Every day was like this. Or was it? As Neil gently kissed his sleeping wife’s forehead, he felt momentarily confused. Disjointed memories and erratic mental images filled his mind. He saw himself lying on a sofa in the middle of the day, watching bad television and eating junk food. Neil didn’t typically remember his dreams, but these images felt unsettlingly vivid. At the same time, his current reality felt nebulous and ill defined. He knew the woman sharing his bed was his wife, but he couldn’t recall her face or any memories of their life together.
As he proceeded to his morning routine, Neil couldn’t shake the feeling that things were out of place. After his shower, he looked at himself in the mirror for several minutes, examining his face and body in the bright bathroom lights. His bald pate and salt-and-pepper stubble were both familiar and foreign. He looked younger than 49, but even that number struck him as wrong. Going through his routine calmed him, and he felt reassured when he knew precisely which drawers to open to find his toothbrush and razor. Thick cologne dulled his senses and quieted his mind just long enough to tear himself away from the bathroom mirror and dress.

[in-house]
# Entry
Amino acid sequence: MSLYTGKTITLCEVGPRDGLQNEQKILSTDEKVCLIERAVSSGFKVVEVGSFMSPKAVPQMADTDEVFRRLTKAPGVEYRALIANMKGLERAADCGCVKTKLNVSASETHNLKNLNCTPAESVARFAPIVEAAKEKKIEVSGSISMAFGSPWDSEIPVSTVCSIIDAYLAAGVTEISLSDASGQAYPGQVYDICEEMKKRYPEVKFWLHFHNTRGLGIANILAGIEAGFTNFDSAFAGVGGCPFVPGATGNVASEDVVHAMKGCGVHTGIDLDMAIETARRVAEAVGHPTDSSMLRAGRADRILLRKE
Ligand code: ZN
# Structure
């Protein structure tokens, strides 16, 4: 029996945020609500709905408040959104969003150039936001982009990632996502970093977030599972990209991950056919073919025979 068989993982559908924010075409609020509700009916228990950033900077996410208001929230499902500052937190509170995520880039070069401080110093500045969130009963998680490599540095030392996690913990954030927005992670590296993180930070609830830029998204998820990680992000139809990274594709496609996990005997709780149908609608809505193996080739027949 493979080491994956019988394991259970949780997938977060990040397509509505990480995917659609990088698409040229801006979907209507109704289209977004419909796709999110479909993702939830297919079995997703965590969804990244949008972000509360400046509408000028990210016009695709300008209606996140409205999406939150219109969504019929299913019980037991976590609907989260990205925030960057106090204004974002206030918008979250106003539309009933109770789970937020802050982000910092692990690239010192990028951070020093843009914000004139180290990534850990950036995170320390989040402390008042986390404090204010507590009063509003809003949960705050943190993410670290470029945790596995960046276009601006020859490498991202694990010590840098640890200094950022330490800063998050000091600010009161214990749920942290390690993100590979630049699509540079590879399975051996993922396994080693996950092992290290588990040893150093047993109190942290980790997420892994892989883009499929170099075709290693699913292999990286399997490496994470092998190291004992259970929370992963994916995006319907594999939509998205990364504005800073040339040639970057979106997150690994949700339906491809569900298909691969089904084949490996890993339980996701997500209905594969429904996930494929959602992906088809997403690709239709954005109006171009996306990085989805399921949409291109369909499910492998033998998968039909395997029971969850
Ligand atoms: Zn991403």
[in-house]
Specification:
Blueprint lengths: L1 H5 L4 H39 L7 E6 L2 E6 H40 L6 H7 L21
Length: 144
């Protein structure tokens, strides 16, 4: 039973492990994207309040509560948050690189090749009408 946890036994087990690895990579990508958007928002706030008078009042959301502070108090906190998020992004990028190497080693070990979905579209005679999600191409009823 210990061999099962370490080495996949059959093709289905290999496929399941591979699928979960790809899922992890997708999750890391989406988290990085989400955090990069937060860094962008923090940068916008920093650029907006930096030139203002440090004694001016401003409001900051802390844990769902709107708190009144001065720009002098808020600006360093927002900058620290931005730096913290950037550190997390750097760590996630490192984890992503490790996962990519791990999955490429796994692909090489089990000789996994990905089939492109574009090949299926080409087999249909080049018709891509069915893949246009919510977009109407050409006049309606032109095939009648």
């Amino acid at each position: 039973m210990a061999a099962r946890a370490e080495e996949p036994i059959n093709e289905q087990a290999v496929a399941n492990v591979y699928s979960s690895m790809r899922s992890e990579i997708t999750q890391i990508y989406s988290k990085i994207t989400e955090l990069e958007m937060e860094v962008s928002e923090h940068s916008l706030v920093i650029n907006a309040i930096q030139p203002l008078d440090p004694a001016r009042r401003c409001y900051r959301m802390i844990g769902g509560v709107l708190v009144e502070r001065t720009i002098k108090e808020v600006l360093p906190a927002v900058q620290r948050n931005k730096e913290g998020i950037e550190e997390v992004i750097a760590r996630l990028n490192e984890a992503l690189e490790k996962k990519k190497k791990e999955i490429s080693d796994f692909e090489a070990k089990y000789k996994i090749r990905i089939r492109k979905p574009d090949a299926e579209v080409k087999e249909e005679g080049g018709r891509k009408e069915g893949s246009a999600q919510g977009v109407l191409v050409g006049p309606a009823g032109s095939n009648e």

Glancing into his children’s rooms, Neil felt somewhat envious of their carefree youth. His memory continued to play tricks on him, but even in his foggy reality, he knew little of the people they were growing up to be. There were so many hockey games, piano recitals, spelling bees, and birthdays he’d missed. “Sorry, I have to work late” might as well have been painted on a sign in their living room instead of “Live, laugh, love.”
He straightened his necktie and proceeded downstairs to the kitchen. The smell of freshly brewed coffee filled his senses. The tidy suburban McMansion he lived in was at odds with what Neil remembered as home. Images of a studio apartment, a pull-out sofa, and takeout containers everywhere clashed with his memories of buying this six-bedroom, five-bathroom beige and gray palace with media room and in-ground pool.
He peered out the window, and the calming darkness eased his rising anxiety. Intermediate havens of light shone as beacons from the dozen backyard lights. With coffee in hand, Neil went downstairs to his home office. Twenty-four screens erupted to life as he entered. The glow startled him, but his surprise vanished as his memories continued to jostle about in his mind.
“Hey, SmartHome,” he said. His voice sounded deeper and more commanding than he remembered. “Unroll my day.”
Neil’s packed schedule of meetings, calls, and projects populated the center screen. He immediately noticed a block from 3 p.m. to 5 p.m. entitled “Family time (Feel free to schedule over).”
He sat down in his office chair and opened a web browser. One of the preset tabs was his LinkedUp profile. Confused realization hit him like a freight train.
“Fuck,” he said as two lifetimes’ worth of memories battled each other. He pinched the bridge of his nose and massaged the pain away. Finally, after a long moment, Neil reopened his eyes. A tag accompanied all the checkmarks on his timeline: Truth Analytics, Inc., has verified the authenticity of this post.
He felt the energy, the excitement, the passion. It was barely four o’clock in the morning, but the workday was already half over in EMEA. It was time to get cracking.
A new day had begun.